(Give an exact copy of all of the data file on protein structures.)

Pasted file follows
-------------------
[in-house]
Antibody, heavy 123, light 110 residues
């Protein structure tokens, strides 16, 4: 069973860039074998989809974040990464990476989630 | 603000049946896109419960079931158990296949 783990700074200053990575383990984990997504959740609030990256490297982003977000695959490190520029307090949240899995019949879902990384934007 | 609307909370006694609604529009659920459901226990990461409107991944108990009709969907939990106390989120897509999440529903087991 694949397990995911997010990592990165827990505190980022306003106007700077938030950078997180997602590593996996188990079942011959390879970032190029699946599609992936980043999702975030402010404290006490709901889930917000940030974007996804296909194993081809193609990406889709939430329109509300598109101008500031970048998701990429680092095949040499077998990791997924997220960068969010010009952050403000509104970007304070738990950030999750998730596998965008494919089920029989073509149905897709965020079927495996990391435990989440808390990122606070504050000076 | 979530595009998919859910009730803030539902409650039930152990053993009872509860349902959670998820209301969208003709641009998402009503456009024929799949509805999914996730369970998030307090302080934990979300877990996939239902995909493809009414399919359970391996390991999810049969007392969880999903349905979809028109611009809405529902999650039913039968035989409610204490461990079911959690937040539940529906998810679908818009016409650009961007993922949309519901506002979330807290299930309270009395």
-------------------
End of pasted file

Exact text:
[in-house]
Antibody, heavy 123, light 110 residues
């Protein structure tokens, strides 16, 4: 069973860039074998989809974040990464990476989630 | 603000049946896109419960079931158990296949 783990700074200053990575383990984990997504959740609030990256490297982003977000695959490190520029307090949240899995019949879902990384934007 | 609307909370006694609604529009659920459901226990990461409107991944108990009709969907939990106390989120897509999440529903087991 694949397990995911997010990592990165827990505190980022306003106007700077938030950078997180997602590593996996188990079942011959390879970032190029699946599609992936980043999702975030402010404290006490709901889930917000940030974007996804296909194993081809193609990406889709939430329109509300598109101008500031970048998701990429680092095949040499077998990791997924997220960068969010010009952050403000509104970007304070738990950030999750998730596998965008494919089920029989073509149905897709965020079927495996990391435990989440808390990122606070504050000076 | 979530595009998919859910009730803030539902409650039930152990053993009872509860349902959670998820209301969208003709641009998402009503456009024929799949509805999914996730369970998030307090302080934990979300877990996939239902995909493809009414399919359970391996390991999810049969007392969880999903349905979809028109611009809405529902999650039913039968035989409610204490461990079911959690937040539940529906998810679908818009016409650009961007993922949309519901506002979330807290299930309270009395």